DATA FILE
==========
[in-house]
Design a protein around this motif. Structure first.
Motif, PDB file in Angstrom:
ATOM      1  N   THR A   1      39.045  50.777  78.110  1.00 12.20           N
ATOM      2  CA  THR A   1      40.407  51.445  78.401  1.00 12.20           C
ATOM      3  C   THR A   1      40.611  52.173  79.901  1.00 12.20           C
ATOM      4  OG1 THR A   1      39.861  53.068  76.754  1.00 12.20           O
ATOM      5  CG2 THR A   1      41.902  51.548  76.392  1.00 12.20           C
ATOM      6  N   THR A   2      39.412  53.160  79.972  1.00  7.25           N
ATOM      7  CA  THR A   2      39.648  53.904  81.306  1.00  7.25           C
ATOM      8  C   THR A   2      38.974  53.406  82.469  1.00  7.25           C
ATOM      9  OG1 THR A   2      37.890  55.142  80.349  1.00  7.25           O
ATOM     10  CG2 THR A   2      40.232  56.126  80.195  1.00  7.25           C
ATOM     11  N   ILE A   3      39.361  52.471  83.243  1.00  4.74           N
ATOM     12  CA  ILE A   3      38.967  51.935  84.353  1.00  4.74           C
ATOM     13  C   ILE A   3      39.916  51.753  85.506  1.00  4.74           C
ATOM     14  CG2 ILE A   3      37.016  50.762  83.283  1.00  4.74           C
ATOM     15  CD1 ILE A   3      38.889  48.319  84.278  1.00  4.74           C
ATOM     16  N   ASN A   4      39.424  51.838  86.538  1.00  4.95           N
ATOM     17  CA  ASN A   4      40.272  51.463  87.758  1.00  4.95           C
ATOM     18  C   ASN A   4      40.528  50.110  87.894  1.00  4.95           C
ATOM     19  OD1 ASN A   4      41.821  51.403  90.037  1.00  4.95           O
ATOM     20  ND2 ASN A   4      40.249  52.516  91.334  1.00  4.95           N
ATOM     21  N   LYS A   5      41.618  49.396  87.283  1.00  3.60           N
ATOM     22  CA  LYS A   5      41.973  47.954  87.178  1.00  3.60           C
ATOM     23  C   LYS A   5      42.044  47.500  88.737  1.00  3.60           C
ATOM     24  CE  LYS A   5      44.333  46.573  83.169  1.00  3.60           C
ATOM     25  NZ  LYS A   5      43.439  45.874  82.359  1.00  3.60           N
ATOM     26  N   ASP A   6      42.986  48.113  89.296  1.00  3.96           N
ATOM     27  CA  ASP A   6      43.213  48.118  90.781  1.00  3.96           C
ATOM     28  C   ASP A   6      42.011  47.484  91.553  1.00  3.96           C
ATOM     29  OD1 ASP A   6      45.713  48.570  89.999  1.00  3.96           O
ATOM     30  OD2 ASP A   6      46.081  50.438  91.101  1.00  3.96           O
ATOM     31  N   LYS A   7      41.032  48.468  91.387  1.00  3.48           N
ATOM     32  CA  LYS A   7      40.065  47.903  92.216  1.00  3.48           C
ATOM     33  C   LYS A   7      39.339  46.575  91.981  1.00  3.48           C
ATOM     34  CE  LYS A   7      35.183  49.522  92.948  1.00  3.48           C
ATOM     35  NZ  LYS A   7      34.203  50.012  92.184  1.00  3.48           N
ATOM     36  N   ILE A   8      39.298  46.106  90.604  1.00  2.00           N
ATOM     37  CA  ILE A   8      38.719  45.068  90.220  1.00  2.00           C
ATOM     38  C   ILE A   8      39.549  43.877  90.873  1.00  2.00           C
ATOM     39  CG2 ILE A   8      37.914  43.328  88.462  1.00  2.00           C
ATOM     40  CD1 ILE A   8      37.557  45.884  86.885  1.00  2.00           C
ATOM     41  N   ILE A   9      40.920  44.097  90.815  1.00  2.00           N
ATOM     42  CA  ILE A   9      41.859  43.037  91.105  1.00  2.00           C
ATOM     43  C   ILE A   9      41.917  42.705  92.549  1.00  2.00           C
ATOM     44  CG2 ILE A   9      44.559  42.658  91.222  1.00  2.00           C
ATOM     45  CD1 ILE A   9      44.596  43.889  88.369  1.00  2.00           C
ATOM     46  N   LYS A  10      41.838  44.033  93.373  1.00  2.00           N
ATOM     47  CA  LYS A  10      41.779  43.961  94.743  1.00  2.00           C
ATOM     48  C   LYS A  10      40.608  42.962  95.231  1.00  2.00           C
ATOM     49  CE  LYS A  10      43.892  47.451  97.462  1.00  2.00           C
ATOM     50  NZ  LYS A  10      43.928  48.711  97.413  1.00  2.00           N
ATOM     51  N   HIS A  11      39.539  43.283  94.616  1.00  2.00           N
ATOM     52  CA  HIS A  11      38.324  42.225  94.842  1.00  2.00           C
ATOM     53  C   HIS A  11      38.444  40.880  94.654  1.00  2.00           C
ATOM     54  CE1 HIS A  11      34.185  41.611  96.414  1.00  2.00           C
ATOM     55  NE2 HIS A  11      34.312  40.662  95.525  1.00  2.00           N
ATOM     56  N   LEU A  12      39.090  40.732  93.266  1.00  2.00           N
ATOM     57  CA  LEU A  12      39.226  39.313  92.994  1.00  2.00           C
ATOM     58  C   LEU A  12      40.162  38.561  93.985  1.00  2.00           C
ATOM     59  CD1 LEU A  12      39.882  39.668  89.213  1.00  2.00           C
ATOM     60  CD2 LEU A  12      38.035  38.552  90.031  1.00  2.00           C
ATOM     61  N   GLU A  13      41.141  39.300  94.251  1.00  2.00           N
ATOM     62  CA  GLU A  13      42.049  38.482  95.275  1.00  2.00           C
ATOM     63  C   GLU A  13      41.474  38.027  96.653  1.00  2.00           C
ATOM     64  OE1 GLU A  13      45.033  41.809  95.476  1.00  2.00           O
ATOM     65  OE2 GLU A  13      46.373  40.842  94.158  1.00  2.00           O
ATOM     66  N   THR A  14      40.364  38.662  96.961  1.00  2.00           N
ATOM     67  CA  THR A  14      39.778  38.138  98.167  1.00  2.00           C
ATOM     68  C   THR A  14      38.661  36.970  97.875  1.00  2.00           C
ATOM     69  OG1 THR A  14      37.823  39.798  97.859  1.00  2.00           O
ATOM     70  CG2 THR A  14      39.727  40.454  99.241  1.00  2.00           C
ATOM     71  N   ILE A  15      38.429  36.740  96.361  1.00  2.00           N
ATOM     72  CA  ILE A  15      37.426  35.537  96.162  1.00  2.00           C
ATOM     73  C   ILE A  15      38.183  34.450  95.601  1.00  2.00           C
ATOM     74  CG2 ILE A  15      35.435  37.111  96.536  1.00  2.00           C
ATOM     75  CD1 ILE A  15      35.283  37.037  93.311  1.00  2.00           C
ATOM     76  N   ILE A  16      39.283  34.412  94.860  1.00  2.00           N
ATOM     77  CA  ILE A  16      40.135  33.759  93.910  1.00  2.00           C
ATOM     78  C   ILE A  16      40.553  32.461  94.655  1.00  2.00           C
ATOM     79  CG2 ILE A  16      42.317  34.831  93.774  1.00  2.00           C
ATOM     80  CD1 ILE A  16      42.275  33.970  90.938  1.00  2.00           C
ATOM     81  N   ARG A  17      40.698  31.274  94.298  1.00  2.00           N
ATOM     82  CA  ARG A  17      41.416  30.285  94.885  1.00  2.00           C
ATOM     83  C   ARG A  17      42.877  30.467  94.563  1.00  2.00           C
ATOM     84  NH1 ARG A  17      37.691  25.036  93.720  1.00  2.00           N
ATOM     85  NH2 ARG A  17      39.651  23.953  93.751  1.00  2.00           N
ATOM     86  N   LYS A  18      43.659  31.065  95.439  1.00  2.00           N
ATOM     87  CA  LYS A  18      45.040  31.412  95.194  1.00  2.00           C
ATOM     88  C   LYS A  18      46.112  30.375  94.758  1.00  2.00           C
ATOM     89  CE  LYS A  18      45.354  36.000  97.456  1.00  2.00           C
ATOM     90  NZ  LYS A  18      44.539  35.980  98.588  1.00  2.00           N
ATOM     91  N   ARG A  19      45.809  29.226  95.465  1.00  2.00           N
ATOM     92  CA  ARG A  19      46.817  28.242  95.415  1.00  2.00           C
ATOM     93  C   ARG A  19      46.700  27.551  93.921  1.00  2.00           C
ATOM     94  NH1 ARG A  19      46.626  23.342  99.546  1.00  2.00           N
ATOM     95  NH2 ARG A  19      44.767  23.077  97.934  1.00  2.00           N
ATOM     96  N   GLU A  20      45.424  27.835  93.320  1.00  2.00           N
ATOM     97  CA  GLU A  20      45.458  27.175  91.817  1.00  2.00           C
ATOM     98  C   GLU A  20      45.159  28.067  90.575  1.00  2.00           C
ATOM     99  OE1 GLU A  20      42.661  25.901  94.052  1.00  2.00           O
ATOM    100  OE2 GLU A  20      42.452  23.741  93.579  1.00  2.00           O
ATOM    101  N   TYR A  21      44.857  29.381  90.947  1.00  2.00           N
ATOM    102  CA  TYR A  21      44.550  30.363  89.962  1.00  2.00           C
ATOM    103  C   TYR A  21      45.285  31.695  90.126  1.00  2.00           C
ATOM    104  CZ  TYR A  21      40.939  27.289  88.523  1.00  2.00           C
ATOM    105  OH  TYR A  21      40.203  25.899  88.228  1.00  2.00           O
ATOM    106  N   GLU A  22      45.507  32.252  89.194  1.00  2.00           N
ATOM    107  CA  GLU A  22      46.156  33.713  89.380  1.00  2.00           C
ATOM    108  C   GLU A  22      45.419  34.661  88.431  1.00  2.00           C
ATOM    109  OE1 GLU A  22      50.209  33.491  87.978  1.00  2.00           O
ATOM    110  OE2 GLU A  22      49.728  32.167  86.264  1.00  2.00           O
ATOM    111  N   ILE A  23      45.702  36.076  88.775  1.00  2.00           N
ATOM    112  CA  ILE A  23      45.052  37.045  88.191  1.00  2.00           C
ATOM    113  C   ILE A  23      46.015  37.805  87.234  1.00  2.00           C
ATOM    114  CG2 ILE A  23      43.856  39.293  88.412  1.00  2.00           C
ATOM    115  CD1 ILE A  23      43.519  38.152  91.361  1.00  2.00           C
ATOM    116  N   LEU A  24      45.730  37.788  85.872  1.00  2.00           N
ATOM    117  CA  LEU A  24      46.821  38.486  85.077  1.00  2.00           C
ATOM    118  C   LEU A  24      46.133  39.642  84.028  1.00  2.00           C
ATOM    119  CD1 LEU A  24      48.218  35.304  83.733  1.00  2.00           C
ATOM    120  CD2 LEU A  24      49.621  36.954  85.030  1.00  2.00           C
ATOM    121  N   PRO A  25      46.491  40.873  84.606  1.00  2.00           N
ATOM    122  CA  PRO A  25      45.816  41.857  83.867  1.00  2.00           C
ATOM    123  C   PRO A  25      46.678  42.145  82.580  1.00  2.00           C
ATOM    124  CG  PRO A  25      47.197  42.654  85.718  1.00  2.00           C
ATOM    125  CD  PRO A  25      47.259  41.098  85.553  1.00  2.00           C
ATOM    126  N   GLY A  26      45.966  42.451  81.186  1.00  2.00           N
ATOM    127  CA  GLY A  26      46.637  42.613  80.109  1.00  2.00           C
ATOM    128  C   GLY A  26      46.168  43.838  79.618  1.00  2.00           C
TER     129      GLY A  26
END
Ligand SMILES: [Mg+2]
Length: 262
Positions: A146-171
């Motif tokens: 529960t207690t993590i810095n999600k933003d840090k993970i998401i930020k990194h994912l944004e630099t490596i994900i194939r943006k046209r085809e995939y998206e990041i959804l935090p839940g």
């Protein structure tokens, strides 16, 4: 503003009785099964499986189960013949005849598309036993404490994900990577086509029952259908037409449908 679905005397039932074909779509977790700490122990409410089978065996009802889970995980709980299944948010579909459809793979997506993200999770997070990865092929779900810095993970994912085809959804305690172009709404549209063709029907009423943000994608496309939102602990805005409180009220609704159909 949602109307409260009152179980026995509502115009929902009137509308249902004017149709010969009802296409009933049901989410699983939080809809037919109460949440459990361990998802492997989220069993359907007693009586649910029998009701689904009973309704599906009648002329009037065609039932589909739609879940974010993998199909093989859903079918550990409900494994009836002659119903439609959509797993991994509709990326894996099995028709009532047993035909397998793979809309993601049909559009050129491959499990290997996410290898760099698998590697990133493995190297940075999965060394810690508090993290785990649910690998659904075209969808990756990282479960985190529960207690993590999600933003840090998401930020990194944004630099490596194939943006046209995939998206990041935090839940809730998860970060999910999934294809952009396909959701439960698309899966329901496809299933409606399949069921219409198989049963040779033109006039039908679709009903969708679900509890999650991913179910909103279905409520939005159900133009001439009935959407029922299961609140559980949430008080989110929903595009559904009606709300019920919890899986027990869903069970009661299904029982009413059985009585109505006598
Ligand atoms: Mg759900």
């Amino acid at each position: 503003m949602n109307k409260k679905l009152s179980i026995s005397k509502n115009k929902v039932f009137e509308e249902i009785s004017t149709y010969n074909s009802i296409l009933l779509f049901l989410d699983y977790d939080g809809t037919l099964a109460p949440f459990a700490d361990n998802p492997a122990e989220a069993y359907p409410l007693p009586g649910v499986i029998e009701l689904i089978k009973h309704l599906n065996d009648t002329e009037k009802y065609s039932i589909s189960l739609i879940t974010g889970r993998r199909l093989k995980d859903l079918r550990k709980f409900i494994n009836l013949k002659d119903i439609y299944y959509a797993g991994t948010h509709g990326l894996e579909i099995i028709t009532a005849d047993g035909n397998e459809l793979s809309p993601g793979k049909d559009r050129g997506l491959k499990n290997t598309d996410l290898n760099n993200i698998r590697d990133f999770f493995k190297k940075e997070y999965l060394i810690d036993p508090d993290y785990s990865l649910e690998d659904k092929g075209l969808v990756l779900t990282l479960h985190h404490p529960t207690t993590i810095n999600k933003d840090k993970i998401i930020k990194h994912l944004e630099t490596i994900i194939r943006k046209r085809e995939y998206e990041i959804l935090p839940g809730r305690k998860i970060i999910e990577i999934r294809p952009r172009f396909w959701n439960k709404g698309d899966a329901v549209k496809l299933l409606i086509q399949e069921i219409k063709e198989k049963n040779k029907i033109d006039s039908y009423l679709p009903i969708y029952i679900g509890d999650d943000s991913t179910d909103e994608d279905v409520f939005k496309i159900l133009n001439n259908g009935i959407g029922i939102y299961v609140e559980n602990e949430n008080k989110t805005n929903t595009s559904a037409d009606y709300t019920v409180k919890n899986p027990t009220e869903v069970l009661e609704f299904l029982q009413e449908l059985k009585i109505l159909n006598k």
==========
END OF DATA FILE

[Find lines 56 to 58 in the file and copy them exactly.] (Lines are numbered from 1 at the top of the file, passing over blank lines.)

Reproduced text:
ATOM     53  C   HIS A  11      38.444  40.880  94.654  1.00  2.00           C
ATOM     54  CE1 HIS A  11      34.185  41.611  96.414  1.00  2.00           C
ATOM     55  NE2 HIS A  11      34.312  40.662  95.525  1.00  2.00           N